Tributes have been paid to Sir Chris Hoy, Great Britain’s most successful ever Olympian, who as expected has announced his retirement today at a press conference at Murrayfield Stadium in his native city, Edinburgh.
British Cycling has marked the occasion by producing a video in which national team coaches and riders talk about Hoy’s impact and what his absence will mean, and there will be a special programme looking back at the track ace’s career on Sky Sports 2 at 7pm tonight.
Ahead of today’s announcement, Hoy recorded an interview on Tuesday at the National Cycling Centre in Manchester in which he revealed why he had decided to call it a day now, rather than carrying on to try and win gold for Scotland in the Glasgow Commonwealth Games next year on the track of the velodrome that bears his name.
“London squeezed every drop out of me,” he admitted. “To go on to Glasgow would have been one race too far.” He added however that he hoped he would be there as mentor to the Scottish team.
Hoy said that his career highlight would “have to be a toss up between the kilo in Athens or the keirin, my final medal, in London.”
Asked what he wanted to see change in cycling, Hoy said: “People want to see cycling further up the political agenda. It’s nice to see people out riding their bikes and having fun with it.”
That’s something the 37-year-old is looking forward to doing himself, now his competitive career is over. “After a while you start associating your bike with pain,” he reflected. “One of the biggest things I’m looking forward to is riding my bike for fun.”
Hoy also had some words for the people who have accompanied him on the journey that concluded with that sixth Olympic gold medal, a record for a British athlete, in the velodrome in London last summer.
“It’s your family, it’s your friends, it’s the people who have supported from the early years and they support you through the tough times when you’re not winning, it’s your team mates who inspire you to work harder but who you can have a laugh with at the same time.
“It’s the coaches, the mechanics, the physios, it’s the people who book your flights for you in the office. It’s realising you’re part of a big family. When you come to the end of your career, it’s sad because you’re stepping away from that but you know that you’ve made friends for life.”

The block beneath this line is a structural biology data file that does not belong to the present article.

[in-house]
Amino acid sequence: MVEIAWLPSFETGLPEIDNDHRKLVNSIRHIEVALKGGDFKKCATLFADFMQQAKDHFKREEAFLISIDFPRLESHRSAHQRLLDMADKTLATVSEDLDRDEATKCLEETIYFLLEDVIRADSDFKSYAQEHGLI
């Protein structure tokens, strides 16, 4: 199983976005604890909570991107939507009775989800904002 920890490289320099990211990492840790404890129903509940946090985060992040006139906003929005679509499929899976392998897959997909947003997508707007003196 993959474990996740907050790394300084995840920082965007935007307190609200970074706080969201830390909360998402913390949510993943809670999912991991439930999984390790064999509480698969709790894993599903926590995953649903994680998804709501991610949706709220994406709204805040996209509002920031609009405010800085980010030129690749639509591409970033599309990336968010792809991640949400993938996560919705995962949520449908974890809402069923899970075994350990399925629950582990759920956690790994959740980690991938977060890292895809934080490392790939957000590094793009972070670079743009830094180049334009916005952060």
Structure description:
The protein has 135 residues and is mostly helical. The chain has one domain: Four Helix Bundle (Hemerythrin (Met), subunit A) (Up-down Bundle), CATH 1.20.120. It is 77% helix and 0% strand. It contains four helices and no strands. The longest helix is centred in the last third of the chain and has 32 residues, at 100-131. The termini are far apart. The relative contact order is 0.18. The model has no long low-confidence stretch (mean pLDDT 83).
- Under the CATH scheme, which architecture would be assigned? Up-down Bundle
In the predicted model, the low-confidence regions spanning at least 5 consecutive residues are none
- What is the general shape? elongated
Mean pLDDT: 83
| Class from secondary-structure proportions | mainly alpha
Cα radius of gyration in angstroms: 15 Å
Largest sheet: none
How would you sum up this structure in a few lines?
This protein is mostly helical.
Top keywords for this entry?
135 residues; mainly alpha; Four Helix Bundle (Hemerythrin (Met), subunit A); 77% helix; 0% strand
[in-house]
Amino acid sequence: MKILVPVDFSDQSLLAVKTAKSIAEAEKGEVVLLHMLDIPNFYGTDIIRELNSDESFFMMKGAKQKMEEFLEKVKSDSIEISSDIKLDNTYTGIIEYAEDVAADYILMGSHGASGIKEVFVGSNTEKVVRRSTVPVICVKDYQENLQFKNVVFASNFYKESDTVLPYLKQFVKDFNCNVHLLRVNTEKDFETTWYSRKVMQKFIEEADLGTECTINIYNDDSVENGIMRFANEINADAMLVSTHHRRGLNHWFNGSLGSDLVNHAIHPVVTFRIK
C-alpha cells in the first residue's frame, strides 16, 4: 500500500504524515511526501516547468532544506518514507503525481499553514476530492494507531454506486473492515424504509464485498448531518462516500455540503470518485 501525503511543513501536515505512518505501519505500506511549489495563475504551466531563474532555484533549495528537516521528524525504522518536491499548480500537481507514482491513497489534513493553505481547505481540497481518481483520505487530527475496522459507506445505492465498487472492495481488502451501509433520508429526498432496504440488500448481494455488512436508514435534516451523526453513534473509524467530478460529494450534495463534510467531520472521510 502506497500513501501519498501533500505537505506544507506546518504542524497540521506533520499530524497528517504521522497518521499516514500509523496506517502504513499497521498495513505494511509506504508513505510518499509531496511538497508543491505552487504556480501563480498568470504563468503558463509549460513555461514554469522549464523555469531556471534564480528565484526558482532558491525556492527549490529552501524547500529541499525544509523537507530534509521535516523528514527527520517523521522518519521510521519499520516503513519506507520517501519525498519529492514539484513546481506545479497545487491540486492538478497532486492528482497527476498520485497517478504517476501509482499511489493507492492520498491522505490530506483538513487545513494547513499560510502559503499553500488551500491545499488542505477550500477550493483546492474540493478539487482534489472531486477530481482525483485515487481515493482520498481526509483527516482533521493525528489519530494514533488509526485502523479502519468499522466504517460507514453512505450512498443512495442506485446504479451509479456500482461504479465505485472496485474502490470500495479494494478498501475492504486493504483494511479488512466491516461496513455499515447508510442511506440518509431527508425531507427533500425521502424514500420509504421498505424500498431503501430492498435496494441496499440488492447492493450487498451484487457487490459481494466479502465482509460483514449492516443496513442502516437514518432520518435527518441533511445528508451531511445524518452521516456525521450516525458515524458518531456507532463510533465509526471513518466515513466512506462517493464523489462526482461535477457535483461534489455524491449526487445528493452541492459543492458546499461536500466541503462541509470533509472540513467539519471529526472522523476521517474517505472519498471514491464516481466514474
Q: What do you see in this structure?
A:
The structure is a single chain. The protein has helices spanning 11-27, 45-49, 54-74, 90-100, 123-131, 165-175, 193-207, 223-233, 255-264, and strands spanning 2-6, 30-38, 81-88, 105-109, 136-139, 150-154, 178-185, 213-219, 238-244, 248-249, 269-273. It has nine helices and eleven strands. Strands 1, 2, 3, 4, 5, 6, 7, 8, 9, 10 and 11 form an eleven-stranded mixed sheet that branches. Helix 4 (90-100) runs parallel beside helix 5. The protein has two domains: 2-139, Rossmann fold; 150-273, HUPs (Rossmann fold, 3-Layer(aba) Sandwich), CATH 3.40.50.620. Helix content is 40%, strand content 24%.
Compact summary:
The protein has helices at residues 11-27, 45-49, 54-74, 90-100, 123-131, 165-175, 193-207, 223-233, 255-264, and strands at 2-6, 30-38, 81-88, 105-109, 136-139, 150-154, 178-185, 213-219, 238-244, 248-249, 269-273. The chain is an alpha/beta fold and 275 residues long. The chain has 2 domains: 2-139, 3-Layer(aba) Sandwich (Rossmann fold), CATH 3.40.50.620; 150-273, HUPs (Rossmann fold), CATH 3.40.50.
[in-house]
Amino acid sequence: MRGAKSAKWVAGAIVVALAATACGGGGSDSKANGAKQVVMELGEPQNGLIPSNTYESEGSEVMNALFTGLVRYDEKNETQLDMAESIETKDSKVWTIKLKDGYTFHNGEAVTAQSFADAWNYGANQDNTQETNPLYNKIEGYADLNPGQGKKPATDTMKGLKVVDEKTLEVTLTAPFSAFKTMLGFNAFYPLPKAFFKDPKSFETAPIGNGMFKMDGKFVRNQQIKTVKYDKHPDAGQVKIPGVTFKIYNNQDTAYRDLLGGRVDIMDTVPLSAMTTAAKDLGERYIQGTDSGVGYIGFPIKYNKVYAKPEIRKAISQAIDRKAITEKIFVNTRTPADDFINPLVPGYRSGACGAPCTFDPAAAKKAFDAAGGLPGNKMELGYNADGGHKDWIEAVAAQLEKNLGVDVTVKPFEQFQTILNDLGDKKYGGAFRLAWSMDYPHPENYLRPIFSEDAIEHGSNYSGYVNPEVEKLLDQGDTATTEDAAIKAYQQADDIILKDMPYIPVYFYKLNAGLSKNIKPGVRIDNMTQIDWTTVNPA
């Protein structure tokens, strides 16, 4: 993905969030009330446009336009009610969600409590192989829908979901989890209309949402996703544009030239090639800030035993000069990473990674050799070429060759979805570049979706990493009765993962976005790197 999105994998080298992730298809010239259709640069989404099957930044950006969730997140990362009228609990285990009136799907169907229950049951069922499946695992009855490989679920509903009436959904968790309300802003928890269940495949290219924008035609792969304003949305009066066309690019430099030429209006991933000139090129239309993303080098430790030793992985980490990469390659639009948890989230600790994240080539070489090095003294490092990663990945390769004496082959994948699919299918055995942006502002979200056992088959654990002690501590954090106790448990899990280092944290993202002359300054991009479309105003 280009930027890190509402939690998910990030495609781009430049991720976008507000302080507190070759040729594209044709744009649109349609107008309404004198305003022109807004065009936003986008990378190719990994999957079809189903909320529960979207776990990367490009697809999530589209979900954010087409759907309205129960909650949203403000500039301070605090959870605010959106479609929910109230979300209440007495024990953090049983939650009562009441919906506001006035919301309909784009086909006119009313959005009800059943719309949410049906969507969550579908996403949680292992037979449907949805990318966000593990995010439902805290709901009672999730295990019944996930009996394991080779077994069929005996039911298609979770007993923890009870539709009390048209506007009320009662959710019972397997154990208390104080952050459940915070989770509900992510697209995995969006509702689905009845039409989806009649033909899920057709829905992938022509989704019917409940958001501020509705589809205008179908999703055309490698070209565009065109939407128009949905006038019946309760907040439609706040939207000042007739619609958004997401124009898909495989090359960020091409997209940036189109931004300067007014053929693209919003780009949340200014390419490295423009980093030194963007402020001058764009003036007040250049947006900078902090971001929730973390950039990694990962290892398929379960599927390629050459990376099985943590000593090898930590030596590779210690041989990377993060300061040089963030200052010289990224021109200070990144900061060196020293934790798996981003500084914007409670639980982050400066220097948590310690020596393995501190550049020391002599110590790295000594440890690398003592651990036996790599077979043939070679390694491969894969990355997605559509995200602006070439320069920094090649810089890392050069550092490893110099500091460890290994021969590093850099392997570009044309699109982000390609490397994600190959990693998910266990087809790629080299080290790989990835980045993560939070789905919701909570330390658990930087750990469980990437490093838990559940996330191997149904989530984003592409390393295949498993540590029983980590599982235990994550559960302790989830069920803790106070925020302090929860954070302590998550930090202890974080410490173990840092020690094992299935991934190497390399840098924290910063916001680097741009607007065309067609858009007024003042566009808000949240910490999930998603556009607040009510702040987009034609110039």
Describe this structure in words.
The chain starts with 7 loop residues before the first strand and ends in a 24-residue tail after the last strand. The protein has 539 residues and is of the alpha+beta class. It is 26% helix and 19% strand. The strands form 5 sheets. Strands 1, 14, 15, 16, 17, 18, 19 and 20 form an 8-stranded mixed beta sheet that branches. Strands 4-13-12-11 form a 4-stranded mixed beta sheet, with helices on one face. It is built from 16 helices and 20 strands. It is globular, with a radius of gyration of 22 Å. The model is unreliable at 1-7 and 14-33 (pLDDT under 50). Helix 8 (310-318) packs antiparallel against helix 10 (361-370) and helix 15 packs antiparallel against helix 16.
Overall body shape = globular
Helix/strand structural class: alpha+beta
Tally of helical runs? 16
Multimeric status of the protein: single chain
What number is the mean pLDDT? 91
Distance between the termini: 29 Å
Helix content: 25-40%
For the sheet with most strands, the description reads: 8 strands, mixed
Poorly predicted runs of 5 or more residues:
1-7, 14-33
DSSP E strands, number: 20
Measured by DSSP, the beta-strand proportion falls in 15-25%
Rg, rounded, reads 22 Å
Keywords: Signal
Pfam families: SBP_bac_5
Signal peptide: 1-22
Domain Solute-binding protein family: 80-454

Among those who have been influential on Hoy’s career is Sir Dave Brailsford, performance director of the Great Britain Cycling Team, who reflected: “I can’t speak highly enough of Chris and his career.
“On a personal note I will never forget his Kilo in Athens – it was one of the most epic Olympic moments that I’ve ever experienced, the tension in the build-up was unreal.
“Chris’ application, athleticism and dedication are second to none and I’ve said it many times but he is a true Olympic champion who embodies all of the Olympic values.
“Chris is always welcome to come back to the velodrome and share his experiences and wisdom with the next generation of cyclists, and I wish him the best of luck in his retirement.”
Brian Cookson, President of British Cycling, said that Hoy’s retirement marked “the end of an era.”
He said: “The impact that Sir Chris Hoy has had on our sport since he won his first gold medal in Athens in 2004 is unparalleled.
“It goes without saying that not only is Chris an absolutely phenomenal athlete, but he is also an exceptional individual.
“The fact that he’s acquired six gold medals and is Britain’s most successful ever Olympian is testament to this.
“But Chris has done so much more for cycling – he was one of the first track riders to propel cycling into the mainstream back in 2008, bringing track cycling to new audiences and inspiring thousands of people to get on their bikes.
“Chris has always been a fantastic role model – his professionalism, passion for the sport and his determination to succeed at the highest level is central to the Great Britain Cycling Team ethos and is something that he has helped to foster amongst his colleagues as they look ahead to Rio.
“This truly does feel like the end of an era and we have a lot to thank Sir Chris Hoy for at British Cycling. Although I know Chris will still be involved in the sport and that he will continue to work with us, I want to wish him all the best for the future.”
Born in Scotland, Simon moved to London aged seven and now lives in the Oxfordshire Cotswolds with his miniature schnauzer, Elodie. He fell in love with cycling one Saturday morning in 1994 while living in Italy when Milan-San Remo went past his front door. A daily cycle commuter in London back before riding to work started to boom, he's been news editor at road.cc since 2009. Handily for work, he speaks French and Italian. He doesn't get to ride his Colnago as often as he'd like, and freely admits he's much more adept at cooking than fettling with bikes.